A little to the north of the present DAYR AL-SHUHADA’ (Monastery of the Martyrs) at Isna are some ruins that the call the Monastery of Apa Ishaq (Isaac). In the “new” church, which according to the inscriptions dates at least from the end of the twelfth century, an inscription commemorates the nanasia (church?) of the anchorite (Coquin, 1975, pp. 247-51).

We propose the following hypothesis about this inscription: When Apa Ishaq’s hermitage fell into ruin, a church was built adjacent to the north of the Church of the Martyrs dedicated to Apa Ishaq, whose hermitage, a place of pilgrimage, was in ruins. Some distorted Greek word is hidden behind this word nanasia, perhaps simply the Greco-Coptic word ecclesia. However that may be, we may suppose that the hermitage of this holy personage survived in the form of a second church added to the first one “of the martyrs.”

It is more difficult to know to what period this foundation of Dayr goes back. This hermitage is mentioned in the of John (Khater, 1981, pp. 17 [text] and 23 [trans.]). We prefer this name to that of Paul, for it is attested in the oldest manuscripts. This text is preserved by several manuscripts of which the oldest dates from 1520 (Khater, 1981, p. 6), but some authors write that this author could be of the thirteenth century (Sbath, 1938-1940, p. 74, no. 606). It follows that the Dayr could be older than that period.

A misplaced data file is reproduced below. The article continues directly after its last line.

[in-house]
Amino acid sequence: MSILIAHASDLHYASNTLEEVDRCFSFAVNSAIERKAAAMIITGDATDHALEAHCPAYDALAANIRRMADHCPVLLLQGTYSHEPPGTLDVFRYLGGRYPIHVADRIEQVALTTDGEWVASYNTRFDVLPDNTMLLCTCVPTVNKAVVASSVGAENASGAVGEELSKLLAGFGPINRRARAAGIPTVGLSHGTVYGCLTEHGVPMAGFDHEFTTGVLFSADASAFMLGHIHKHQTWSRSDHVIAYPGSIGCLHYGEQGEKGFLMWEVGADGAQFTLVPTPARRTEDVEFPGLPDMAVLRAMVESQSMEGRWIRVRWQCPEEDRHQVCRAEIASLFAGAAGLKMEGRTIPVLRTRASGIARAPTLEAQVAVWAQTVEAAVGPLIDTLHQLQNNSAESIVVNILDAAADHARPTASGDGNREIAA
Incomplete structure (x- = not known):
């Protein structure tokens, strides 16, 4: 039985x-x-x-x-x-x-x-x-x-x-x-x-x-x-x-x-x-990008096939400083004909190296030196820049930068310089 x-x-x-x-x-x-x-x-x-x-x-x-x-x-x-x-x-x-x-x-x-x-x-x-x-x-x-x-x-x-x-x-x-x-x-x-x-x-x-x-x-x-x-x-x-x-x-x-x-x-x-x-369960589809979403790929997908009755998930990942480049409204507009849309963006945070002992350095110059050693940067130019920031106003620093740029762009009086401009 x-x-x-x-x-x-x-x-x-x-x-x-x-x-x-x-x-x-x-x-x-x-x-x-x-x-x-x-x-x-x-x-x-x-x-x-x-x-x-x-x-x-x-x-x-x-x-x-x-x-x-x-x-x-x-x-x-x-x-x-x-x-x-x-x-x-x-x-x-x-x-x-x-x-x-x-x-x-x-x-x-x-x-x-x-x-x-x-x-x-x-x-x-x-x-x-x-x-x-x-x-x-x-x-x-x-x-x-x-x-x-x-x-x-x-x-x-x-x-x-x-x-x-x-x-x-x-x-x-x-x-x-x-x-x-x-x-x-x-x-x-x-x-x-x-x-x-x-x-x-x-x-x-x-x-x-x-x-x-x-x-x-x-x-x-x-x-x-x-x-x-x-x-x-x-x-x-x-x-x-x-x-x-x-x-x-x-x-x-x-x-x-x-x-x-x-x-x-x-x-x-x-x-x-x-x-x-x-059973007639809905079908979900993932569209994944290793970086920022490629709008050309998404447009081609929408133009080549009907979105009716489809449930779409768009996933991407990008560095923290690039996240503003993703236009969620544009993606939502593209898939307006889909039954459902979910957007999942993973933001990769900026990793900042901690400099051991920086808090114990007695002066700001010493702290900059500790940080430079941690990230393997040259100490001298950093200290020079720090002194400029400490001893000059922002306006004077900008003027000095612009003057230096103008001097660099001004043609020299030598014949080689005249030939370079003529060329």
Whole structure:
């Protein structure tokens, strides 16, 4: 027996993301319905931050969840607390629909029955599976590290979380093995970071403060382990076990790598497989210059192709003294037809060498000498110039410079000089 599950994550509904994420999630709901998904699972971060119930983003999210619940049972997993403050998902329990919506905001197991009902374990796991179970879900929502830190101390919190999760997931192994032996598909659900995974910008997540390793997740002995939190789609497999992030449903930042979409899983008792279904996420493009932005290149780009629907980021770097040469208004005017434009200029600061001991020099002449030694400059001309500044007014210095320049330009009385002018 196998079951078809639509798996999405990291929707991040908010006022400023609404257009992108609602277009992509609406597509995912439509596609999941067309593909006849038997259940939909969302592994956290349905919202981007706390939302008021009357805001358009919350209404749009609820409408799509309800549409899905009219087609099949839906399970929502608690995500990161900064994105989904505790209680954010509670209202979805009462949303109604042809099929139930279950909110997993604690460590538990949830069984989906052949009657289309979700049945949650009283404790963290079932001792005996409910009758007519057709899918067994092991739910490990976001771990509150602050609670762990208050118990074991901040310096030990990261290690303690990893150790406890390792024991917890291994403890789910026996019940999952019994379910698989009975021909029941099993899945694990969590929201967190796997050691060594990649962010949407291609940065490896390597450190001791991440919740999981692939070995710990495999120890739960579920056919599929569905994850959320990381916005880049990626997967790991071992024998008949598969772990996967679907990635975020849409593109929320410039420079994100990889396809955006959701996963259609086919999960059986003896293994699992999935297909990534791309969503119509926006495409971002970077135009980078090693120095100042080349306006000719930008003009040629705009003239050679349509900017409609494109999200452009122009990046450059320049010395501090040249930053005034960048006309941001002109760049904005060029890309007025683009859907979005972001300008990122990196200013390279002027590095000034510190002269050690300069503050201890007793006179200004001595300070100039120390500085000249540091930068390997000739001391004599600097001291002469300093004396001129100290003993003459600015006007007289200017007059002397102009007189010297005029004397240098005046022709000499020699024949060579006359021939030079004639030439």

We must also mention the attributed to a of Isna called Dorotheus and preserved in an Arabic version in two manuscripts (unpublished). This author would be of the fourth century, but he does not speak at all of a hermitage of nor of a pilgrimage to this sanctuary. One must conclude that this small monastery did not exist when Dorotheus delivered his sermon in honor of Ammonius, his predecessor in the see of Isna.

We must add that the of the SYNAXARION from Upper Egypt, in its notice concerning Saint Ammonius and the on 13 Kiyahk, also mentions Dayr Apa Ishaq, but one cannot date this with any precision (perhaps twelfth to thirteenth century), and we do not know what sources the author used.

One may conclude from this evidence that Dayr was founded and frequented after the fourth century, but had fallen into ruin after the twelfth. A photo of these ruins is given by L. T. Lefort (1939, pl. 14).


  • Coquin, R.-G. “ pariétales des monastères d’Esna: Dayr al-Suhada’-Dayr al-Fakhuri.” Bulletin de l’Institut français d’Archéologie orientale 75 (1975):241-84, with 10 plates.
  • Khater, A. “Martyre des citoyens d’Esna.” Studia orientalia christiana 18. and Jerusalem, 1981.
  • Lefort, L. “ monastères pachômiens, exploration topographique.” Muséon 52 (1939):379-407.
  • Sbath, P. Al-Fihris, de manuscrits arabes. Cairo, 1938-1940.